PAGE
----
On Sunday the Coalition of Immokalee Workers (CIW); participants of the Community Food Security Coalition’s Food Justice conference and Bay Area community allies marched in Oakland for farmworker justice. The destination was Trader Joe’s where the group planned to deliver a letter, calling on the company to support human rights for farmworkers, specifically the workers who harvest tomatoes sold in their stores. The CIW’s Campaign for Fair Food has gotten commitments from other food industry corporations (including Taco Bell, McDonald’s, Subway, Bon Appétit Management Co. and Whole Foods) to provide a penny-per-pound increase to raise wages for tomato harvesters and to use suppliers that abide by a strict code of conduct for farmworkers. Trader Joe’s has been repeatedly called on to support these efforts but has not been willing to sign an agreement with CIW. TJ’s made a statement regarding the issue on 10/21/11 (posted on website 10/23/11) and CIW responded. CIW basically claims that TJ’s solutions are not verifiable and lack accountability. Since the public image of Trader Joe’s relies on being politically correct and it ranks as a top ethical company the marchers’ messaging calls into question the company’s lack of transparency and potential hypocrisy: “Traitor Joe’s – a wolf in sheep’s clothing?”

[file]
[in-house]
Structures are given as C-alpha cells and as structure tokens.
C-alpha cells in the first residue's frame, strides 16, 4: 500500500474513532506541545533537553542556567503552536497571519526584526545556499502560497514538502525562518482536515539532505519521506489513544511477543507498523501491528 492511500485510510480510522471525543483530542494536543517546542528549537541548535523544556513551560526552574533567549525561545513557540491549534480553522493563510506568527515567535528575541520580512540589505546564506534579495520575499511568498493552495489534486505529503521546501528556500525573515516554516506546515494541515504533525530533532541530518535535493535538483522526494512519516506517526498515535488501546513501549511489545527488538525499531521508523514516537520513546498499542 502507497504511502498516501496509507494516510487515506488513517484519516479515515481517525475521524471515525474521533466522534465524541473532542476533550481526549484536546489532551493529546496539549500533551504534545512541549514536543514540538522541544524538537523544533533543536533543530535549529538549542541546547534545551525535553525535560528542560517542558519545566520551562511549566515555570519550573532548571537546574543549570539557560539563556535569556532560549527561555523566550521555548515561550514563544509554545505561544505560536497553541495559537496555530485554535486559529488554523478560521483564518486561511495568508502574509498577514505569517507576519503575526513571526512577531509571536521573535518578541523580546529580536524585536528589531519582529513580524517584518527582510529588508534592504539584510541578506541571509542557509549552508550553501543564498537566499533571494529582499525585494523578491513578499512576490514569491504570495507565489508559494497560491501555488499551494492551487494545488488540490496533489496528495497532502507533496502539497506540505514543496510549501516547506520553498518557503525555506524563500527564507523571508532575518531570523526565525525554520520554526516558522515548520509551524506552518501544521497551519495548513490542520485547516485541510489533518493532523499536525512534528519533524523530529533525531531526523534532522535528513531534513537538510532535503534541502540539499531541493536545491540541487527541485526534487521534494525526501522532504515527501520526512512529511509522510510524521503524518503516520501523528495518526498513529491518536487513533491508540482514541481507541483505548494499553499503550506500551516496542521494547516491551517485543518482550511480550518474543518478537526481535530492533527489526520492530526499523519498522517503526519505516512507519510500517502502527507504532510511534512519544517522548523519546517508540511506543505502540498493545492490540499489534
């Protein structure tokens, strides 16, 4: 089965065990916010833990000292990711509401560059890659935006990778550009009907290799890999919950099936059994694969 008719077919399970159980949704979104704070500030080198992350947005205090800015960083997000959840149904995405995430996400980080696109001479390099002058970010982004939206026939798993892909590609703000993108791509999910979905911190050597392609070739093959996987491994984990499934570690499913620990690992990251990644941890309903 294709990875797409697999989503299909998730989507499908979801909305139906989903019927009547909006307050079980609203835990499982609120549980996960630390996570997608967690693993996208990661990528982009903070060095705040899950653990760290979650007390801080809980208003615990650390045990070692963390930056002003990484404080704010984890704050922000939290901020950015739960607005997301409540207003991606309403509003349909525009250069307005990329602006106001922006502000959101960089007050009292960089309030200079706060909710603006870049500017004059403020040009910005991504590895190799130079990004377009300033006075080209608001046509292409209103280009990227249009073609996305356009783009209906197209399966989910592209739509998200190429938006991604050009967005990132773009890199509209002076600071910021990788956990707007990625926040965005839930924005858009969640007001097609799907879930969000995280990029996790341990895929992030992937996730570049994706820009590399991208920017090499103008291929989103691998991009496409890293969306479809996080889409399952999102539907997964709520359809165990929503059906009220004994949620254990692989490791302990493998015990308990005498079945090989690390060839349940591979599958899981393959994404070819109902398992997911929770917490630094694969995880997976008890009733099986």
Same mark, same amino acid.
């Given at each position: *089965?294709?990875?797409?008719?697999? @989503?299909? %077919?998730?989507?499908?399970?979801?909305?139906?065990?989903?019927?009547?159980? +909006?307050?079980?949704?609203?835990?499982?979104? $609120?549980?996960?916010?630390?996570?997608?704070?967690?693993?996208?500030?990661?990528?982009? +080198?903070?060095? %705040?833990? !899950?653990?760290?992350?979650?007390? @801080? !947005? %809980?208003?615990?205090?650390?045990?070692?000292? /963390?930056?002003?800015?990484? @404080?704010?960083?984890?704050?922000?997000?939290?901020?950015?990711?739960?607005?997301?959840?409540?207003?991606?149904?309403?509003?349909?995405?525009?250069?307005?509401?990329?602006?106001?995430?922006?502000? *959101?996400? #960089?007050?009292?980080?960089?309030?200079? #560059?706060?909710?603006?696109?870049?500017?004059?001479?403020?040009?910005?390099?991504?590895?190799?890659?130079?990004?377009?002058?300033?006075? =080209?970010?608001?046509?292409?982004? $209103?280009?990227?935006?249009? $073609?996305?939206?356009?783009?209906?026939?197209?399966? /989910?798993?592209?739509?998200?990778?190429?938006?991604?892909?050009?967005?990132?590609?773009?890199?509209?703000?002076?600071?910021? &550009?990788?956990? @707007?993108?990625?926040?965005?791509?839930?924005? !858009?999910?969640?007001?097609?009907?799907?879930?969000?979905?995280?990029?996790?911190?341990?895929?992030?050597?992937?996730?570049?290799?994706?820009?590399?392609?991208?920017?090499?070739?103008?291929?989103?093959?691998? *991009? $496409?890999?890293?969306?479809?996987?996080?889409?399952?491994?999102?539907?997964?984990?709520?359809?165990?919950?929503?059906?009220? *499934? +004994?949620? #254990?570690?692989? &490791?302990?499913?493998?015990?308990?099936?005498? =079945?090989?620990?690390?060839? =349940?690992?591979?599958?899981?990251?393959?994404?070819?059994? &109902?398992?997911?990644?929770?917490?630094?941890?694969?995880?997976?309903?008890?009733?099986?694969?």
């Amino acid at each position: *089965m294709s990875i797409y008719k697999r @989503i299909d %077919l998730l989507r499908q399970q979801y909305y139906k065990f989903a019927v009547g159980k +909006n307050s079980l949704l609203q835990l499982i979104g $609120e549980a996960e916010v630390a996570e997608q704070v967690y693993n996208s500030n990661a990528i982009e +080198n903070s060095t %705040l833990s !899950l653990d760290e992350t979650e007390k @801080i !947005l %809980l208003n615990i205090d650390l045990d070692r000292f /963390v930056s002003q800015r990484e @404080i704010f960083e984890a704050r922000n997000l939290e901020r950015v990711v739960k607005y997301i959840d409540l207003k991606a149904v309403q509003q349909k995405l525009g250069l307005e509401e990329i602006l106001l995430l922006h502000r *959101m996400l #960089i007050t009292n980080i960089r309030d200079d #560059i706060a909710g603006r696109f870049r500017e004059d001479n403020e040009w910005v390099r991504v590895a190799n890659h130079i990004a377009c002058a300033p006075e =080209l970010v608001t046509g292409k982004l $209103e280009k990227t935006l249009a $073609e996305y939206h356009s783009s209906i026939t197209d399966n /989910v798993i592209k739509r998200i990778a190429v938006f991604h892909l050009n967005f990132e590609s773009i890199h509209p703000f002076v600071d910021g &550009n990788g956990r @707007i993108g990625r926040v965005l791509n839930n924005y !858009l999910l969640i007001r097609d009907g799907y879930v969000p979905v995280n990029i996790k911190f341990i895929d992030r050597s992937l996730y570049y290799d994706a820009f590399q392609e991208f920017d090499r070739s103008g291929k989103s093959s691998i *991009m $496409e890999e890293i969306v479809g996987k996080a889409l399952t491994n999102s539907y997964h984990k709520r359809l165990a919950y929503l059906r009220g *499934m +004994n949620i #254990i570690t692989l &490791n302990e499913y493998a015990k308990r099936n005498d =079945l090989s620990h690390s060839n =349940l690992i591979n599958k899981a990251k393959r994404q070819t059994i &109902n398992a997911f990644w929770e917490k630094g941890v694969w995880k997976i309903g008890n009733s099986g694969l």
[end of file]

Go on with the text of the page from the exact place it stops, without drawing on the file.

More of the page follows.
Lucas Benitez from the Coalition of Immokalee Workers addresses the participants at the beginning of the march
The marchers did not obtain a permit so they peacefully marched along the sidewalk for two miles from the Marriott in downtown Oakland where the Food Justice conference was being held, past the Occupy Oakland encampment, along Lake Merritt and concluding the march at the Lakeshore Avenue Trader Joe’s. One of the consistent chants reflected the influence of the Occupy movement: “Trader Joe’s owners are the one percent, one penny more won’t even make a dent.”
Once the marchers arrived at Trader Joe’s, Lucas Benitez went inside the store with others to present the management with the letter and explain their intent.
Meanwhile, the marchers chanted in front of the store.
It will be interesting to see how Trader Joe’s responds to the continued efforts of the Coalition of Immokalee Workers.
Here are some more photos from the march. (slideshow mobile version)
Related Posts and Videos:
- Inside the secret world of Trader Joe’s – Full Version (8/23/10, by Beth Kowitt, CNN Money – FORTUNE)
- Why is Trader Joe’s short-changing farmworker justice? (2/15/11, by Sean Sellers, Grist)
- Coalition of Immokalee Workers YouTube Channel
- Protest Questions Human Cost of Trader Joe’s Cheap Tomatoes (8/11/10, by Bonnie Rosenstock & Scott Stiffler, Chelsea Now)
- After Long Fight, Farmworkers in Florida Win an Increase in Pay (1/18/11, by Kristofer Rios, NYTimes)
- Politics of the Plate: The Price of Tomatoes (3/09, Barry Estabrook, Gourmet)
- Tomatoland: How Modern Industrial Agriculture Destroyed Our Most Alluring Fruit (Published 6/7/11, Barry Estabrook)